Saturday, June 23, 2012
Abraham Lincoln: Vampire Hunter - Movie Review
Directed by Timur Bekmambetov.
In honor of our 16th president, I'll just make 16 points about this movie.
1. There is no attempt at cleverness with actual US history. I thought it might try to do a little revisionist behind-the-scenes details the way Forrest Gump or Dick did. Nope. The movie has characters like Stephen Douglas, Harriet Tubman and Jefferson Davis with the aspiration of getting the audience to go "I think I remember those names from a history class I took once" and no higher.
2. For years, Liam Neeson was tied to the Lincoln biopic that Steven Spielberg's directing. Neeson finally dropped out of that, and now Daniel Day-Lewis will star in it. I mention this because Benjamin Walker looks a lot like a young Liam Neeson. And hey, Walker got his big break from playing young Kinsey in Neeson's Kinsey.
3. There's a scene where Abe is chasing a vampire in the middle of some stampeding horses, and they run across the backs of these horses with amazing dexterity. It's one of the few scenes where the movie seemed to be in on its own joke. Most of the time it's played straight.
4. Throughout the whole Civil War, you'd think that Abe, his black friend Will Jonson (Anthony Mackie) and his business partner Mr. Speed (Jimmi Simpson) were running the entire country by themselves. Just the three of them.
5. As far as we know, Abe was just trained to be a really good fighter, but I missed the part of his training that made his bones unbreakable. For instance, in the horse scene, at one point the vampire picks up a horse and throws it at him. The horse hits Abe and they fall to the ground. I am pretty sure a horse landing on a man will break all of his ribs. Abe groans and shakes it off to renew pursuit.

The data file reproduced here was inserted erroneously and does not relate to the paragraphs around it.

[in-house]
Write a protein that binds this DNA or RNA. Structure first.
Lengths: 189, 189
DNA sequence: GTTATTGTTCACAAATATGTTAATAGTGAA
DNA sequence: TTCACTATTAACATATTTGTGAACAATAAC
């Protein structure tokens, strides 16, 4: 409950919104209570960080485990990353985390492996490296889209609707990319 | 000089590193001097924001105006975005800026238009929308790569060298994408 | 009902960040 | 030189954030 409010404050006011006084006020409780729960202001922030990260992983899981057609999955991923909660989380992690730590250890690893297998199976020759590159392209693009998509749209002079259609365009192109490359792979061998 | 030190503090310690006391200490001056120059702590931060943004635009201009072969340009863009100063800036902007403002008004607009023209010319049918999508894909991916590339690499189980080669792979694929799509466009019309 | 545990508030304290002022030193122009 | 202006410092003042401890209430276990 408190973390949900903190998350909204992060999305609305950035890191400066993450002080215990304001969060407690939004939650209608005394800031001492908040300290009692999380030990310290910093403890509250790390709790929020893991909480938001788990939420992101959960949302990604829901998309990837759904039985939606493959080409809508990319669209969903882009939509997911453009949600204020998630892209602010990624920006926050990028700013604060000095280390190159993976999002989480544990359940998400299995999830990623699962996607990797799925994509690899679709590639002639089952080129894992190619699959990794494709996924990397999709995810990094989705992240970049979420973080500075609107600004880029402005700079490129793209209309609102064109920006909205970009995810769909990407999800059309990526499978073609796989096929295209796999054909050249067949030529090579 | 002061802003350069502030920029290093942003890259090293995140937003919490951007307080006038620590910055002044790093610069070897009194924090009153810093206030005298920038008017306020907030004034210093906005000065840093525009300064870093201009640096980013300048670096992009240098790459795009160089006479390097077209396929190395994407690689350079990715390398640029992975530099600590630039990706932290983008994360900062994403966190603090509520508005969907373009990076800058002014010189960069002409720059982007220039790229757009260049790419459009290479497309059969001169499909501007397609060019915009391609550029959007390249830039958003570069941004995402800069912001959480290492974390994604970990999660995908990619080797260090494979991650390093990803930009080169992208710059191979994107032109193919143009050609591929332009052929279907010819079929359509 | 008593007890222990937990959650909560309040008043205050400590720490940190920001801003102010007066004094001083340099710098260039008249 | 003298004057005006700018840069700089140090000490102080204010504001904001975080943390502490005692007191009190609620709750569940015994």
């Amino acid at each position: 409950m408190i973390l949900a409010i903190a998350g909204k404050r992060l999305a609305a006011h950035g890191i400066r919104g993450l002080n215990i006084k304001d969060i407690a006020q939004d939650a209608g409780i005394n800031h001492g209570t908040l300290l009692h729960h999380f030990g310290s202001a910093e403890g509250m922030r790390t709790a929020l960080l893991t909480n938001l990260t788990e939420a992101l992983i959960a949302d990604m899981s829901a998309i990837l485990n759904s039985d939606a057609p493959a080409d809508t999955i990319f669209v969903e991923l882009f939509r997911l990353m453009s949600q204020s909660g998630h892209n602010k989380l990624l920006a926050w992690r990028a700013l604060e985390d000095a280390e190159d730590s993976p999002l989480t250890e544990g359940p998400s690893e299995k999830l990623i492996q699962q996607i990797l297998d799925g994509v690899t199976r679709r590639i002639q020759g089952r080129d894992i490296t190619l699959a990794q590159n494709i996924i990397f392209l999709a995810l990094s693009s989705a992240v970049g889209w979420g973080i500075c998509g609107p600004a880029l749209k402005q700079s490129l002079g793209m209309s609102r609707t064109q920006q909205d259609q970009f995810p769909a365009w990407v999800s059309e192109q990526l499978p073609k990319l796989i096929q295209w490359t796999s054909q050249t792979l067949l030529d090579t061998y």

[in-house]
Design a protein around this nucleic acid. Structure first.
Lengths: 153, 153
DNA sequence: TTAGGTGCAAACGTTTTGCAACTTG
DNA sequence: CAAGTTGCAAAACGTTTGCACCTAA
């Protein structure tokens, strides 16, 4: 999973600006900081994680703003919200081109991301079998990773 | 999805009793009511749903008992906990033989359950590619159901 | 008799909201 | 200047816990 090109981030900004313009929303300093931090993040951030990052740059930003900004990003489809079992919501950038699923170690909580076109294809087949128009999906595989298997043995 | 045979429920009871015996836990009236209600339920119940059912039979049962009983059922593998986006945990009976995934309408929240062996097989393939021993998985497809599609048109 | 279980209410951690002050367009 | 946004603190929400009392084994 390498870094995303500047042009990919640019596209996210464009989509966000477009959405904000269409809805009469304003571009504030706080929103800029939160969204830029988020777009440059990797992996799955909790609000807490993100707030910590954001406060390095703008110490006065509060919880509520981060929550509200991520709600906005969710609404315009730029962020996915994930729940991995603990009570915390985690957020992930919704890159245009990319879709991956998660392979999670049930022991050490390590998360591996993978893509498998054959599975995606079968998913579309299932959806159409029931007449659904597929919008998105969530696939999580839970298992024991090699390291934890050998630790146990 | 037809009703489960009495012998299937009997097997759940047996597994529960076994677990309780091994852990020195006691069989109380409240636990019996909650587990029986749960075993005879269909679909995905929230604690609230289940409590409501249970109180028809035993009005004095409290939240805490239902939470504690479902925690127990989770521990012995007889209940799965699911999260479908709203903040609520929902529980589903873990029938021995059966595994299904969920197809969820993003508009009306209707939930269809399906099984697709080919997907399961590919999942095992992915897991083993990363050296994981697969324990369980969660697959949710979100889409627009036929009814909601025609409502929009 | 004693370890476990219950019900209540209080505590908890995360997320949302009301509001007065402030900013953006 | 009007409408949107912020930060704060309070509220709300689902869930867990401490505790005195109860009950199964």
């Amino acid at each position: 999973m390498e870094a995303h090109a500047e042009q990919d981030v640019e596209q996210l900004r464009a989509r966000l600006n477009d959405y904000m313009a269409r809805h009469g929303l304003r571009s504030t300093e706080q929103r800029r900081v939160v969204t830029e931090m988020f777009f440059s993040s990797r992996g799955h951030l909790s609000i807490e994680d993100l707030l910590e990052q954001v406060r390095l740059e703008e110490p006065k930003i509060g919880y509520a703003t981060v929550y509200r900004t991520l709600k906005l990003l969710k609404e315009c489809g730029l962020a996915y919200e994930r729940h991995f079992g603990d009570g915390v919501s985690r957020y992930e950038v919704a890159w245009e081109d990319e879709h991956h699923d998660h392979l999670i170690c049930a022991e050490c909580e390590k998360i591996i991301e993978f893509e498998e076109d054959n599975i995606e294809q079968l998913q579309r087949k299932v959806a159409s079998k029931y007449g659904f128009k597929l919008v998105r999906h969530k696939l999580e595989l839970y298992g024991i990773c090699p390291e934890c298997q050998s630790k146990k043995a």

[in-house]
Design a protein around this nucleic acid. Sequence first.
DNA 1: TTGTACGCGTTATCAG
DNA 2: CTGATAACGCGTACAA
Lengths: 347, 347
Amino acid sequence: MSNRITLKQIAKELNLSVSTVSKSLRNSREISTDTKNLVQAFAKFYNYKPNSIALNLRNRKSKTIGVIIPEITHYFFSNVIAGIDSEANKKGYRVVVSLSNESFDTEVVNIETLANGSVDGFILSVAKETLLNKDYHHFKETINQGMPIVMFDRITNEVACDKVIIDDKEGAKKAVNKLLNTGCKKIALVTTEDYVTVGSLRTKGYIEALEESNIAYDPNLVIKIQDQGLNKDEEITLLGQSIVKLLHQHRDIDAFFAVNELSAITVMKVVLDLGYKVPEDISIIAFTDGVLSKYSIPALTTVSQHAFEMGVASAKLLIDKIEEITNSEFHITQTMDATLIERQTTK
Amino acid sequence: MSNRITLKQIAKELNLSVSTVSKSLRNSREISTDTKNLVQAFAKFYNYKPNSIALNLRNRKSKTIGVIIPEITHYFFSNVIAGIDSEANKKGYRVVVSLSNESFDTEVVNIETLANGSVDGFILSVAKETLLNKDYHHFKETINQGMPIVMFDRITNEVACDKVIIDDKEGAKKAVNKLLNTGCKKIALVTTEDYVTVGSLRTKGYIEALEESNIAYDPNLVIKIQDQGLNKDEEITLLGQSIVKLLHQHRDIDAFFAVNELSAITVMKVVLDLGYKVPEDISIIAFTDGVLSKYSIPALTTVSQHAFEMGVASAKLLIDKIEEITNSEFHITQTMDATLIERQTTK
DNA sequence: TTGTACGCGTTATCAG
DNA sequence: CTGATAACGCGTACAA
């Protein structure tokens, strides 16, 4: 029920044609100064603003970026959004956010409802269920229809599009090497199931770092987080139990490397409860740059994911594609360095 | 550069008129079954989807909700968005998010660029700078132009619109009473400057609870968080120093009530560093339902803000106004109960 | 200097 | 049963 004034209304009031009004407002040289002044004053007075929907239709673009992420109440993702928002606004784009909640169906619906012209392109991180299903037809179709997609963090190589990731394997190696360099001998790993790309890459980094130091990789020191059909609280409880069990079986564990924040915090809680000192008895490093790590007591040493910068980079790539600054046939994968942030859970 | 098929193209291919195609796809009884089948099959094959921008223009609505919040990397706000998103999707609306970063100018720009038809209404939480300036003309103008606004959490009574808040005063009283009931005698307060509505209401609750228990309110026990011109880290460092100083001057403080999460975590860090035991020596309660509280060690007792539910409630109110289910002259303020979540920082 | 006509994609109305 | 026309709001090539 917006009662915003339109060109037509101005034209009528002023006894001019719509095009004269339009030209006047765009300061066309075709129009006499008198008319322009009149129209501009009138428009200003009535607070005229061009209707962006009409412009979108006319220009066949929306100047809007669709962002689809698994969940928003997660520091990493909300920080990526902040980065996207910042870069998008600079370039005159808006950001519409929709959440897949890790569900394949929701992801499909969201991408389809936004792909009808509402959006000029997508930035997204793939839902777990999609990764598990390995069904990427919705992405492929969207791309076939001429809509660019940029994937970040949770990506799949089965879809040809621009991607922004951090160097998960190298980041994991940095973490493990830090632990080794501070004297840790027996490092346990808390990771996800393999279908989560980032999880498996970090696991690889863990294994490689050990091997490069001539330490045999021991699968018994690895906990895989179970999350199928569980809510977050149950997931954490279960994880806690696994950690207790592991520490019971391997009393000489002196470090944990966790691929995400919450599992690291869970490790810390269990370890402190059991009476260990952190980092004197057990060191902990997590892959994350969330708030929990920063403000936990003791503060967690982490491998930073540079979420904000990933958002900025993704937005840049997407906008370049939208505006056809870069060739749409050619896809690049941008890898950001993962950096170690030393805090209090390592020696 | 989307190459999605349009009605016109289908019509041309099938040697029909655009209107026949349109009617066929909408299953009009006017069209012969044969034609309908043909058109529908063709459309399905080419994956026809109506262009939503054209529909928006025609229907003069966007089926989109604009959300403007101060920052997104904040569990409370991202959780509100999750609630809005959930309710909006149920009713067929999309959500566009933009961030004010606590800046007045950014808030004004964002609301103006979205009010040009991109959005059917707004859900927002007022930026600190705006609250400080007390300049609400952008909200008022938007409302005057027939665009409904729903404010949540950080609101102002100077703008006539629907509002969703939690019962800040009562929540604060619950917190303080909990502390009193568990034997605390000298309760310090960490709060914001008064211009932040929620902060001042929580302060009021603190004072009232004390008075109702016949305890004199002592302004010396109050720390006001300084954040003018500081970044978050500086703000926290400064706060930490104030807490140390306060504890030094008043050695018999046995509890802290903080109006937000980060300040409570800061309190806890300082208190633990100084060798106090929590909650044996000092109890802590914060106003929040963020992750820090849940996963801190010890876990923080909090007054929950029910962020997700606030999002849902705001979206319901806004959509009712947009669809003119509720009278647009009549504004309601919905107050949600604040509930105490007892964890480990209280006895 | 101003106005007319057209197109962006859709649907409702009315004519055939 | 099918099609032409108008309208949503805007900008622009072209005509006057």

6. Silver, we're told, was cursed by God against vampires due to silver being the payment Judas received for betraying Jesus. But our main villain vampire Adam (Rufus Sewell, who has more fun than most) is 5000 years old and it's been a curse agains thim the whole time. So...?
7. Abe's always had his axe laced with silver when hunting vampires and much of the film takes place in the 1830's. He's deep into the Civil War when he's trying to figure out how to beat these vampire Confederates, and he has a "Eureka!" moment looking at his silver fork. Why the heck did he not think of silver before?!
8. Dominic Cooper (The Devil's Double) plays Henry Sturges, the man who trains Abe to be a hunter. He pops up here and there throughout the movie and I enjoyed what they did with him. For what it's worth.
9. Why must the vampires bare their fangs and roar before attacking? Just attack, guys.
10. Late in the movie, the Lincolns' young son William is killed by a vampire. William did die during the Civil War (of typhoid or something like that). Not cool to bum out the audience like that late in a movie called Abraham Lincoln: Vampire Hunter. Oh, in real life, the Lincolns had three other sons, but they don't come up here.
11. There are times Abe seems to have Jedi powers.
12. The "train on the burning bridge" scene was an impressive spectacle, but once again, it's just Abe, Will, and Speed on that train, delivering weapons to the Union troops. Where is everyone else in the country?
13. We saw the movie in 3-D, and it didn't really need to be. The 3-D wasn't bad (I forgot most of the time I was watching a 3-D film) but 3-D is a shade darker than its 2-D counterpart, and this movie already mostly takes place at night.
13a. (Sidenote: We saw the preview for Great Gatsby in 3-D and it looks like a living pop-up book. I'd rather see it in 2-D. We also had previews for the two stop-motion animation movies coming, ParaNorman and Frankenweenie, and those types of movies look good in 3-D.)
14. I appreciated that the movie's revisionist take didn't entirely excuse humans for slavery. I mean, the vampires loved it because they used slaves as food, but there were clear Southern humans who had slaves too. The cameo of Jefferson Davis is him making an agreement with Adam.
15. The movie did make it look like Lincoln and Douglas's rivalry started because they both liked Mary Todd, and Lincoln was adamently anti-slavery his whole life. Uh huh.
16. Director Timur Bekmambetov might have a sense of humor but it rarely comes out in this, and the fight scenes are full of those slo-mo then speed-up shots. I've seen Wanted, but I don't need to see the exact same style over and over. Keep this man away from anything historical in the future.